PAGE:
They appear in the Editors’ XML like this:
<FEW_refs siglum=”FEW” linkable=”yes”><link_form>A</link_form><link_loc>24,1a</link_loc></FEW_refs>
Which ends up linking to here:
<FEW_refs siglum=”FEW” linkable=”yes”> <link_form>posse</link_form><link_loc>9,231b</link_loc> </FEW_refs>
Which ends up linking to here:
Based on this my script for generating links needed to:
- Store the base URL https://apps.atilf.fr/lecteurFEW/lire/volume
- Split the <link_loc> on the comma
- multiply the part before the comma by 10 (so 24 becomes 240, 9 becomes 90 etc)
- strip out any non-numeric character from the part after the comma (i.e. getting rid of ‘a’ and ‘b’)
- generate the full URL, such as https://apps.atilf.fr/lecteurFEW/lire/volume/240/page/1 using these two values.
After discussion with Heather and Geert at the AND it turned out to be even more complicated than this, as some of the references are further split into subvolumes using a slash and a Roman numeral, so we have things like ‘15/i,108b’ which then needs to link to https://apps.atilf.fr/lecteurFEW/lire/volume/151/page/108. It took some time to write a script that could cope with all of these quirks, but I got there in the end.
Also this week I updated the citation dates so they now display their full information with ‘MS:’ where required and superscript text. I then finished work on the commentaries, adding in all of the required formatting (bold, italic, superscript etc) and links to other AND entries and out to other dictionaries. Where the commentaries are longer than a few lines they are cut off and an ‘expand’ button is shown. I also updated the ‘Results’ tab so it shows you the number of results in the tab header and have added in the ‘entry log’ feature that tracks which entries you have looked at in a session. The number of these also appears in the tab header and I’m personally finding it a very useful feature as I navigate around the entries for test purposes. The log entries appear in the order you opened them and there is no scrolling of entries as I would imagine most people are unlikely to have more than 20 or so listed. You can always clear the log by pressing on the ‘Clear’ button. I also updated the entry page so that the cross references in the ‘browse’ now work. If the entry has a single cross reference then this is automatically displayed when you click on its headword in the ‘browse’, with a note at the top of the page stating it’s a cross reference. If the entry has multiple cross references these are not all displayed but instead links to each entry are displayed. There are two reasons for this: Firstly, displaying multiple entries can result in long and complicated pages that may be hard to navigate; secondly, the entry page as it currently stands was designed to display one entry, and uses HTML IDs to identify certain elements. An HTML ID must be unique on a page so if multiple entries were displayed things would break. There is still a lot of work to do on the site, but the entry page is at least nearing completion. Below is a screenshot showing the entry log, the cognate references and the commentary complete with formatting and the ‘Expand’ option:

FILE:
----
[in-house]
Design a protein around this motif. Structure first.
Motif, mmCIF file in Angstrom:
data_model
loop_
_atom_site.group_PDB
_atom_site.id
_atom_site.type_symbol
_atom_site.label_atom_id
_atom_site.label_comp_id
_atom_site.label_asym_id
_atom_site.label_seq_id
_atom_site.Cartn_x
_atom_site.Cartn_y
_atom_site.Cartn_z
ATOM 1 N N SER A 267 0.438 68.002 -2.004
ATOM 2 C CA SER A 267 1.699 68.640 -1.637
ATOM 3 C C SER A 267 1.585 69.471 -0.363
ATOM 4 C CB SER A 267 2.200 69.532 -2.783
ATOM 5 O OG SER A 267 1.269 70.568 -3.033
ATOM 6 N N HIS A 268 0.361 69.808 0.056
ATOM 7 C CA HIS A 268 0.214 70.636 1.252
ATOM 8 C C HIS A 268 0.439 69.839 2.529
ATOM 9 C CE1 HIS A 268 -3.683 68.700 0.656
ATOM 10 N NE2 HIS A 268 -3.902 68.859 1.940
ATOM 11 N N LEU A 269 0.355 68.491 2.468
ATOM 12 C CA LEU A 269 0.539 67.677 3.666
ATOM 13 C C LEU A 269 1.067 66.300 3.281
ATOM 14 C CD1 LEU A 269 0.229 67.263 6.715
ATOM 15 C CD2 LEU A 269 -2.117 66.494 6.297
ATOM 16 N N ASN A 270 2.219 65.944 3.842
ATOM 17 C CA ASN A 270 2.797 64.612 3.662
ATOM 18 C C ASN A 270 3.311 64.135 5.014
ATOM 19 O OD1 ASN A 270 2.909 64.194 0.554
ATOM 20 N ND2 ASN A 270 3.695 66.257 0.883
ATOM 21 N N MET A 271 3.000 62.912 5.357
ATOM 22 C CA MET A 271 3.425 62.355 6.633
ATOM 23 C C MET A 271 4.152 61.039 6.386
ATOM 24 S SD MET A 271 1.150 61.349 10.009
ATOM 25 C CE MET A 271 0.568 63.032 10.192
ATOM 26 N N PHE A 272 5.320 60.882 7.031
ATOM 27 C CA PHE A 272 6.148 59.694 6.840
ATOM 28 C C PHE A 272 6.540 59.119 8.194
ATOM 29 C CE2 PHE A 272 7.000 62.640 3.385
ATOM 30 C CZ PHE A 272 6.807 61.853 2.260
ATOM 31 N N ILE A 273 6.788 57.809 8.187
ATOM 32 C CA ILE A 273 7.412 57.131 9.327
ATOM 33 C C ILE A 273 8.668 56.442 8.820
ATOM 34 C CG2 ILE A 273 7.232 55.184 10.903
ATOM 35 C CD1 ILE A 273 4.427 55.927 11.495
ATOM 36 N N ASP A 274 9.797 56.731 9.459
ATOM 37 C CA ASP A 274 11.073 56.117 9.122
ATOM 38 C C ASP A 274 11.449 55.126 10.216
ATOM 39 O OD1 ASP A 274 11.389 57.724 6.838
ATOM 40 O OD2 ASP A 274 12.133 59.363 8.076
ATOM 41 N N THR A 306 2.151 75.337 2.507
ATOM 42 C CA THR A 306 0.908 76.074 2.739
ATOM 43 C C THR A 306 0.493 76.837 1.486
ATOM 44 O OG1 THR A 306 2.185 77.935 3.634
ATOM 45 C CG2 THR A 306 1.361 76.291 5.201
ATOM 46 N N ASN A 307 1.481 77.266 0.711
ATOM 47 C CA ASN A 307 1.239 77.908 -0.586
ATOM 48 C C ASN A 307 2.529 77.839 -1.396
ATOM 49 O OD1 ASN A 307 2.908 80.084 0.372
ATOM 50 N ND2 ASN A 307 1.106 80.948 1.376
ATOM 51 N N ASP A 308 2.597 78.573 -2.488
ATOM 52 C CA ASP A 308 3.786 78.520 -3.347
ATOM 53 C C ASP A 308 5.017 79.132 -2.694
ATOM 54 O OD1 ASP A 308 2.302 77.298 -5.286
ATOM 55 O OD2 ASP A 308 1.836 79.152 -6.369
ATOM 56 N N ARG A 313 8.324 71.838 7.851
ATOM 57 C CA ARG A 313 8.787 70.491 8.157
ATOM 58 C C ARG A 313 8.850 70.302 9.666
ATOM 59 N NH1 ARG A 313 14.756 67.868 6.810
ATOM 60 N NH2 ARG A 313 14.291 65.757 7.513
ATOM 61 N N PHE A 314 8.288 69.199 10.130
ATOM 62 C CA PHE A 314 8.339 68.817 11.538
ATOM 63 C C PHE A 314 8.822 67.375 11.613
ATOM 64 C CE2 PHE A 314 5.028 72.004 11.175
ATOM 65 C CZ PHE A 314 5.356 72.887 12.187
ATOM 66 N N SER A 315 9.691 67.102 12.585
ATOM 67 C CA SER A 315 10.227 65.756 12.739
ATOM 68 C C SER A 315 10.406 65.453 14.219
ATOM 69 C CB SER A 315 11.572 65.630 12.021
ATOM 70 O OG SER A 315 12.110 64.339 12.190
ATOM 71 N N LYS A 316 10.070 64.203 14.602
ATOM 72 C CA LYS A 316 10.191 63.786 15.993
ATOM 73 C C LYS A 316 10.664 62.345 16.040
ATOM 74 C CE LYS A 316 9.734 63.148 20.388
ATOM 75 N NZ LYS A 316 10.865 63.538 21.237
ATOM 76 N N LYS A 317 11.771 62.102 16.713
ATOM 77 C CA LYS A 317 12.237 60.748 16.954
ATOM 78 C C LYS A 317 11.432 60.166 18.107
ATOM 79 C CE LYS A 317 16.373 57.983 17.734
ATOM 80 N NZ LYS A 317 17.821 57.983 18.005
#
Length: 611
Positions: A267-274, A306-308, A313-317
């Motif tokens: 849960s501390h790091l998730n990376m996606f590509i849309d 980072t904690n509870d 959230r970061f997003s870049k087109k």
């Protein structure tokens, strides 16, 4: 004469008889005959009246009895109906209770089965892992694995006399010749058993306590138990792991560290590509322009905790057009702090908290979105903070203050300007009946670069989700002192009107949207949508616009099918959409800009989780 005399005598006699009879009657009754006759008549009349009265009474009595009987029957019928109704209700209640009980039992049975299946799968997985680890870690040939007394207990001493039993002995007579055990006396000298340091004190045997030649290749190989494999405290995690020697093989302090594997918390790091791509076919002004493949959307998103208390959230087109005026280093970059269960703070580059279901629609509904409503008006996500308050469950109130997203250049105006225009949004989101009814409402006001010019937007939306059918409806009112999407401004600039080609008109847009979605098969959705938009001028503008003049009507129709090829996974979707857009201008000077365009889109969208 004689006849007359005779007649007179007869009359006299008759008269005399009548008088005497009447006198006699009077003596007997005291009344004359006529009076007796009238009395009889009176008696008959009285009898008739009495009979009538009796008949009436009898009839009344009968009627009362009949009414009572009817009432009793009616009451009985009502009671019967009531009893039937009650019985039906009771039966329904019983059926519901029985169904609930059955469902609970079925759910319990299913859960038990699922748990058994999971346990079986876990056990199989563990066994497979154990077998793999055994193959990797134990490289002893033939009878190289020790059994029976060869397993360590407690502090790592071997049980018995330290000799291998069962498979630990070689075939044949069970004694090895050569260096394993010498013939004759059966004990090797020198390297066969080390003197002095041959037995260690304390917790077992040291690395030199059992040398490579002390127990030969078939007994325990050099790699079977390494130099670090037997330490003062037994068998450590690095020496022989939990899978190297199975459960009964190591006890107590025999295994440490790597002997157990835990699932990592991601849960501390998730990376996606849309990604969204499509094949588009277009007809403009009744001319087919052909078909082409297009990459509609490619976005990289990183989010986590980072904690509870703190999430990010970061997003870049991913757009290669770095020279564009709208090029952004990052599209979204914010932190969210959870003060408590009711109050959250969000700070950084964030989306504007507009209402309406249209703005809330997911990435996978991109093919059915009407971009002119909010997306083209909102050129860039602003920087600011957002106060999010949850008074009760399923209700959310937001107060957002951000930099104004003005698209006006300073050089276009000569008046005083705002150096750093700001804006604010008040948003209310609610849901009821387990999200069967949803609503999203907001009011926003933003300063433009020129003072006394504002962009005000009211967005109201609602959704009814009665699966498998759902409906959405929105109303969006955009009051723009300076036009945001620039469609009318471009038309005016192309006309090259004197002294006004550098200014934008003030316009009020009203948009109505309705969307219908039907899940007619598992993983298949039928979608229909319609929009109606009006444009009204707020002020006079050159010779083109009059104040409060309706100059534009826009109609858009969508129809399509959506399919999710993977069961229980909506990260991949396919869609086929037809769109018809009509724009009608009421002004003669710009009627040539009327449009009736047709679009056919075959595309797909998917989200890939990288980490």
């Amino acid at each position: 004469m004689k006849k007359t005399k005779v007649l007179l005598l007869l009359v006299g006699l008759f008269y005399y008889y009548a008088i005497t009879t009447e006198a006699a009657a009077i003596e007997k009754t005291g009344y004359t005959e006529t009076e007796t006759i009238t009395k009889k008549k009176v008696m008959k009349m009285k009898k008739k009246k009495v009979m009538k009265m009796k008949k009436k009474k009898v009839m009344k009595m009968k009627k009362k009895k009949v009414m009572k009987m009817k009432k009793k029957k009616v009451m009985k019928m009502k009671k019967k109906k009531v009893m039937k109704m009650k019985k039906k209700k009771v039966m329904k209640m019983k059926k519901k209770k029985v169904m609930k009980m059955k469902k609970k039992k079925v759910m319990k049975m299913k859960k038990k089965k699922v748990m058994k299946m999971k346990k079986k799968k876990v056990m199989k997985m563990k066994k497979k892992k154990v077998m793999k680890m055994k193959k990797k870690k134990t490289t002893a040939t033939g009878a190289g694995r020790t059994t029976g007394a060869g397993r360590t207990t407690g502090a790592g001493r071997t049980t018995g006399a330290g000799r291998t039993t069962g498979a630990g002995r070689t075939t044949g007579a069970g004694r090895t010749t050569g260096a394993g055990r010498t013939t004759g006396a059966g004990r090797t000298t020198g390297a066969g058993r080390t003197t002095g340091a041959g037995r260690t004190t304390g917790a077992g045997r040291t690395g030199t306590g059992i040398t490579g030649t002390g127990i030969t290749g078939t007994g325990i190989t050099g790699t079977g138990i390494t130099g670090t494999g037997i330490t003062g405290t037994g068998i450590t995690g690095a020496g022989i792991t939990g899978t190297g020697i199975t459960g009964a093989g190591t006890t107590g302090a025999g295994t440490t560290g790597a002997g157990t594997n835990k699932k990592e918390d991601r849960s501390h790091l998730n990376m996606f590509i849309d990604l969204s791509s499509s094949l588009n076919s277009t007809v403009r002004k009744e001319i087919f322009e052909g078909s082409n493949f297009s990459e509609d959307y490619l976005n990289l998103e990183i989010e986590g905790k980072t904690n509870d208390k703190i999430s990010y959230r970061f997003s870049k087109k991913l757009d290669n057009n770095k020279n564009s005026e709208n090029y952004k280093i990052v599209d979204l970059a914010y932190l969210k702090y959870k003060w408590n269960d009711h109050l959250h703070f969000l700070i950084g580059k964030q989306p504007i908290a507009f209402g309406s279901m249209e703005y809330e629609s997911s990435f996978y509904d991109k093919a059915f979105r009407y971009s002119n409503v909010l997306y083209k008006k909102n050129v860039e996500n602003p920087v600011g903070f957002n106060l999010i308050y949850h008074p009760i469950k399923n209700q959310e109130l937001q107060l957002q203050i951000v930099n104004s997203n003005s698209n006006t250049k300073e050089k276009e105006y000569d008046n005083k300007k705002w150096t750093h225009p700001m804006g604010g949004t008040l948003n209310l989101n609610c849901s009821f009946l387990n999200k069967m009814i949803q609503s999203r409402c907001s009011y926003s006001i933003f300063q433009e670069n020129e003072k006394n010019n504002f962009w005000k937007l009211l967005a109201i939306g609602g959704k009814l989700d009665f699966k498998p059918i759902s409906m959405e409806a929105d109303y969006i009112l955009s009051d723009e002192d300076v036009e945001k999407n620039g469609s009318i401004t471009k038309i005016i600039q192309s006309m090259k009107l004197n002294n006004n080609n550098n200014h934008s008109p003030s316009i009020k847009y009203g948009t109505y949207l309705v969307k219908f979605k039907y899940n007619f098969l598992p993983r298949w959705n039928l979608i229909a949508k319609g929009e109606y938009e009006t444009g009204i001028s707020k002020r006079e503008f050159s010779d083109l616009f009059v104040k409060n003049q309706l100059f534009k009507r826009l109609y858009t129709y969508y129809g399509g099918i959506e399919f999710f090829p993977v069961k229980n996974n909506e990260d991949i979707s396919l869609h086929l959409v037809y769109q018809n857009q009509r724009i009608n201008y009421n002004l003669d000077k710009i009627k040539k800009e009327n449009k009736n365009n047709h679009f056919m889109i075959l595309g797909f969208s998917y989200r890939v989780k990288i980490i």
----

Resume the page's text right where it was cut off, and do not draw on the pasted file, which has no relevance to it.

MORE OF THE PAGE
I did also work on some other projects this week as well. For Books and Borrowing I set up a user account for a volunteer and talked her through getting access to the system. For the Mull / Ulva site I automatically generated historical forms for all of the place-names that had come from the GB1900 crowdsourced data. These are now associated with the ‘OS 6 inch 2nd edn’ source and about 1670 names have been updated, although many of these are abbreviations like ‘F.P.’. I also updated the database and the CMS to incorporate a new field for deciding which ‘front-end’ the place-name will be displayed on. This is a drop-down list that can be selected when adding or editing a place-name, allowing you to choose from ‘Both’, ‘Mull / Ulva only’ and ‘Iona only’. There is still a further option for stating whether the place-name appears on the website or not (‘on website: Y/N’) so it will be possible to state that a place-name is associated with one project but shouldn’t appear on that project’s website. I also updated the search option on the ‘Browse placenames’ page to allow a user to limit the displayed placenames to those that have ‘front-end display’ set to one of the options. Currently all place-names are set to ‘Mull / Ulva only’. With this all in place I then created user accounts for the CMS for all of the members of the Iona project team who will be using this CMS to work with the data. I also made a few further tweaks to the search results page of the DSL. After all of this I was very glad to get away for a holiday.
I was off on Monday this week for the September Weekend holiday. My four working days were split across many different projects, but the main ones were the Historical Thesaurus and the Anglo-Norman Dictionary.